A. Consume More total daily protein14172094_722257704579438_1126576326_n

A good starting point is to consume about 1.2g/ kg/ day. The higher protein recommendations do not translate into a lot more food. For instance, a 70kg person needs 84g of protein per day split over several meals. 

If you have any kidney problems, we recommend speaking to your doctor before embarking on a high protein diet.

B. More protein at each meal.

While it takes an intake of 20g protein per meal to fully maximise protein synthesis in muscle, seniors need a higher intake per meal to experience the similar tissue-building effects.

Research has situated this dose at about 30-45g of protein per meal (5)

C. Space protein meals evenly.

Most people hit their highest protein intake at their dinner time meal. Lunchtime meal is a little lower in protein and breakfast is most often lowest in protein.

The current recommendation is to have 1-2 meals a day that contain the recommended 30-45 g protein per meal. 

D. Look for high quality proteins

High quality proteins are sourcHealthy fitness elderly couple. Sport and exercise concept.es of protein in your diet that contains all the essential amino acids to make the proteins within our bodies.

High quality protein sources also contain a lot of other nutrients and that includes calcium, iron and lots of other vitamins and minerals.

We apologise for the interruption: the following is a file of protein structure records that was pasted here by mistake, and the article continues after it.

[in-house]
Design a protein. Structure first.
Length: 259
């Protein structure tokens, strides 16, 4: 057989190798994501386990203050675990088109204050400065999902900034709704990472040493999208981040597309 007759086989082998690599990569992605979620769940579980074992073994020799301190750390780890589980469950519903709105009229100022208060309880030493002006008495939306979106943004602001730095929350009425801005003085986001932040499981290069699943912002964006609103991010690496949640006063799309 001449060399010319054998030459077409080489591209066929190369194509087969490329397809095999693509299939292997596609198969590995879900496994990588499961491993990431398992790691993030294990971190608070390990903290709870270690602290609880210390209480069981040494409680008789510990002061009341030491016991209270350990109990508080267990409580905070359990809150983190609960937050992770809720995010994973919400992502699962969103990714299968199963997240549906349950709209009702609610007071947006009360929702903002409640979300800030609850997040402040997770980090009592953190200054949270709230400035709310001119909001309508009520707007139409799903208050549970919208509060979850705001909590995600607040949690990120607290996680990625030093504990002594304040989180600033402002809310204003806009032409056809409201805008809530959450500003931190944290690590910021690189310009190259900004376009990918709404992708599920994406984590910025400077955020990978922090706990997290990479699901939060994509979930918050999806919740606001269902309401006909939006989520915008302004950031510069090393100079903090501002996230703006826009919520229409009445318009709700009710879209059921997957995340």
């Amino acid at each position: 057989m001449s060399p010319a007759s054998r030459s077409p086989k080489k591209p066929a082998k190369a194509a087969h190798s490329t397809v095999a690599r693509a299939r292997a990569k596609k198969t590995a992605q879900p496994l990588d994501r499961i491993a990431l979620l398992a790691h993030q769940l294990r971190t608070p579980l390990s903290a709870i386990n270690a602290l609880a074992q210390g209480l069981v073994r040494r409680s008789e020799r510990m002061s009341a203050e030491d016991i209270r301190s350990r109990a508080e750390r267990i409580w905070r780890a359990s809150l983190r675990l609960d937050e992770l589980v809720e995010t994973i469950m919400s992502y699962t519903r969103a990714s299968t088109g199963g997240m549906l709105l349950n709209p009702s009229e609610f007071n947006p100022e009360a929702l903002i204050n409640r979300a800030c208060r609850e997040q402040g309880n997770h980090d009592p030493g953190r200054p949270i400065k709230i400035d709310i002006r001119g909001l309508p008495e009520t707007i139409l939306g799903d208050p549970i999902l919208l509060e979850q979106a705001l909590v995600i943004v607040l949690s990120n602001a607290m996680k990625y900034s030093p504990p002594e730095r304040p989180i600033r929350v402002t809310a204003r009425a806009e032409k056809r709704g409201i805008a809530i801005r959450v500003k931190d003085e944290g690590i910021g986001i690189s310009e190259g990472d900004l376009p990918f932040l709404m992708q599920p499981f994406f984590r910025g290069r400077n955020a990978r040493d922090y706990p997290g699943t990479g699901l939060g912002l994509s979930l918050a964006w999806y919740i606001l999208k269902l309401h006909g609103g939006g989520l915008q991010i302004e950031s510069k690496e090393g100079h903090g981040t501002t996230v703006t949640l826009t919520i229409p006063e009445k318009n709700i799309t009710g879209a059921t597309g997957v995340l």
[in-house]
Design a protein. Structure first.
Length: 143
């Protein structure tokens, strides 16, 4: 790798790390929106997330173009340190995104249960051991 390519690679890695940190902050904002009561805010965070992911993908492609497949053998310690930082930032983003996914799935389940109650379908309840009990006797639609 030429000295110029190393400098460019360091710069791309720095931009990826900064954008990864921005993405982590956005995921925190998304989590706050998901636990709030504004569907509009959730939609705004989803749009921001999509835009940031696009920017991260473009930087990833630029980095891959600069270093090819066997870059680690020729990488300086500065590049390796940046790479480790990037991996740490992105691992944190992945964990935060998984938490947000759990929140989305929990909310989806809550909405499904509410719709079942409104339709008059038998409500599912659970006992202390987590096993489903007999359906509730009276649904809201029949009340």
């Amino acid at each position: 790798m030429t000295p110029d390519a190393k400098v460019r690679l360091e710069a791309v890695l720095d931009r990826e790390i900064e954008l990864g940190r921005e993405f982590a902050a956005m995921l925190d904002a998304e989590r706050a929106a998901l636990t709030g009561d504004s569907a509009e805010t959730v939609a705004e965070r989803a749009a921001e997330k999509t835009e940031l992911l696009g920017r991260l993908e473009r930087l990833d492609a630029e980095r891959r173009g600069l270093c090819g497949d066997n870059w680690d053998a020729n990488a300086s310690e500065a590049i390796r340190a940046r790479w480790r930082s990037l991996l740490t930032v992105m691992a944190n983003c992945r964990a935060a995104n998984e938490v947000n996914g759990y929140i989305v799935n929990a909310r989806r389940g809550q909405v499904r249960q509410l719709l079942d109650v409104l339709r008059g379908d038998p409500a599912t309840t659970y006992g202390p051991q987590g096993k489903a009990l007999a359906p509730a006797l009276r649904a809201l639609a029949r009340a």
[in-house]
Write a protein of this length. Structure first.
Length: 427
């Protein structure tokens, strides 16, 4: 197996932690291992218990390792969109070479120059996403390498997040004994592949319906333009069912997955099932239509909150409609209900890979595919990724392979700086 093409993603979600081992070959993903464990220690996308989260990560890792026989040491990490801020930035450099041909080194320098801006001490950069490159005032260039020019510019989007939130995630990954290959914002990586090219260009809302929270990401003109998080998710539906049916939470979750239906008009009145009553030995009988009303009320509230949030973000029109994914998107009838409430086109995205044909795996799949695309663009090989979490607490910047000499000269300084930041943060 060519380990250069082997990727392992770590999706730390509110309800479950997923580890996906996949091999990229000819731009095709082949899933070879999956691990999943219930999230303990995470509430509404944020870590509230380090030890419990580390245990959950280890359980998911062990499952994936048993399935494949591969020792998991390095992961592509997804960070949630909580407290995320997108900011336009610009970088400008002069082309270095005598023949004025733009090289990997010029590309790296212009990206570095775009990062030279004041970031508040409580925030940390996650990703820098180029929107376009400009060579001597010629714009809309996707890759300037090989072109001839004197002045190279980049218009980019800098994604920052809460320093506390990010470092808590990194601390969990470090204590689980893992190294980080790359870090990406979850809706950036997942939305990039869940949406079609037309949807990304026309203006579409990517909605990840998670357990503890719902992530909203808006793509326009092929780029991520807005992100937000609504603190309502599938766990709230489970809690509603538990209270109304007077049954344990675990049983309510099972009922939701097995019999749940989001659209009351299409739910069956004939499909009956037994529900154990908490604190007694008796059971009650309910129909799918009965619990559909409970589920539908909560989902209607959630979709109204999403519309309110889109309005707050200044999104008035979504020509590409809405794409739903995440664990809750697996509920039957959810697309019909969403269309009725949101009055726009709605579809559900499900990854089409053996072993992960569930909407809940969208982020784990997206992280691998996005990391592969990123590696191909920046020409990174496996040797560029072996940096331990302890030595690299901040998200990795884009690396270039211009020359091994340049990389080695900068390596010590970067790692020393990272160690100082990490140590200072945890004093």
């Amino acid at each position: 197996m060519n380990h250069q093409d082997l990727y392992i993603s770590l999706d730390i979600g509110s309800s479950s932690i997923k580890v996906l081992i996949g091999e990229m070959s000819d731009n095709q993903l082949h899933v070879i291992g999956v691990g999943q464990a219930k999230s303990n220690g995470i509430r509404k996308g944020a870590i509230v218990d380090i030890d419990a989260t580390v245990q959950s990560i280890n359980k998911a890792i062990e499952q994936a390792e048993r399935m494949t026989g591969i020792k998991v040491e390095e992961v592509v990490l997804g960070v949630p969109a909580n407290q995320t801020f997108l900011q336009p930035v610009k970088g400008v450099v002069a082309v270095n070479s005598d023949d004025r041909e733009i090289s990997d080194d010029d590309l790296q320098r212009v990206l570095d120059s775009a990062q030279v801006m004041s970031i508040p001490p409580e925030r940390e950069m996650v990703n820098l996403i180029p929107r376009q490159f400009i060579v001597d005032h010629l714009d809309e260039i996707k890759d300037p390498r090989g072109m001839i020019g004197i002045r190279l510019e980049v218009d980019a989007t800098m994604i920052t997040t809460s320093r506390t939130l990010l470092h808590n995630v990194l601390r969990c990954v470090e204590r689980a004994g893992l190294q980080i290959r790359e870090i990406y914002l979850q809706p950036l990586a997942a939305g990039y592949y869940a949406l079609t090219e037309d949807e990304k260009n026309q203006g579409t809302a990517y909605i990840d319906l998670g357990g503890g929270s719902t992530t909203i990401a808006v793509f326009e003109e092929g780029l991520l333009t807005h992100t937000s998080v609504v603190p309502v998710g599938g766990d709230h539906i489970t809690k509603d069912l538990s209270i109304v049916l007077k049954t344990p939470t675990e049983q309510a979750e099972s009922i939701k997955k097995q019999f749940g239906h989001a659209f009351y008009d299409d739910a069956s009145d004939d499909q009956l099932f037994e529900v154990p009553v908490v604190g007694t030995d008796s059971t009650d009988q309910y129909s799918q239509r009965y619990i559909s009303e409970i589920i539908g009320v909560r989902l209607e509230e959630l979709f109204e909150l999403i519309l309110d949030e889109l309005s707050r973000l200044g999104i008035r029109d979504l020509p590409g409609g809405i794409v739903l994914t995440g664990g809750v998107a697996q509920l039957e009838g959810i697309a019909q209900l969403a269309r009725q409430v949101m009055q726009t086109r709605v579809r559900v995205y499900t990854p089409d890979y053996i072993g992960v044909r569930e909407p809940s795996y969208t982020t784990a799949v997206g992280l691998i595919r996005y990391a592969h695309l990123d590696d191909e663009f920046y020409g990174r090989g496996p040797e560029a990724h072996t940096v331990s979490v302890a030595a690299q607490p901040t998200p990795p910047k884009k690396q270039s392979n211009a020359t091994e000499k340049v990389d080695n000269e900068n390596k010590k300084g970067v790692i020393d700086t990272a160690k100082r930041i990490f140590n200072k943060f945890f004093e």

Sources of high quality protein might vary from foods that we traditionally recognise like milk and dairy products, eggs, lean meats, but they can also include items like beans and legumes and peas. 

E. Get Active

Physical activity and exercise are important tools to counter muscle loss. Exercise is an important stimulator of protein synthesis in muscle and exercise in combination with higher protein intake gives the best effect. 

Get clearance from your doctor and get help from a biokineticist to devise you an ideal program.

F. Food vs. Supplements

If enough protein can be obtained from the diet, supplementation is not necessary.

However, protein supplements, as long as you can find one without unwanted additives and adulterants, can help because they are convenient and easy to consume especially for those who battle with appetite.

Protein supplements are generally based on whey protein which is high in essential amino acids, particularly the amino acid Leucine which is an important trigger for muscle protein synthesis.

The best vegan protein supplements are based on pea protein isolate, brown rice protein or hemp protein or a blend thereof.

Use our Protein Supplement Selection Guide to find your way through the maze of protein supplements on the market.

About the Author

Veeraj Goyaram, MSc (Med) Exer. Sci (UCT) cum laude, BSc (Hons) Biology.

Veeraj’s passion revolves around researching and developing nutritional products for optimal health and performance, with a particular interest in sports, child and diabetic nutrition products. Veeraj was previously a graduate student at the University of Cape Town, where he examined the effect of exercise and nutrition on the function of genes in muscle. His research was published in renowned scientific journals and medical textbooks on Diabetes and Exercise (PubMed listing). Veeraj keeps healthy by regularly lifting weights and taking daily walks.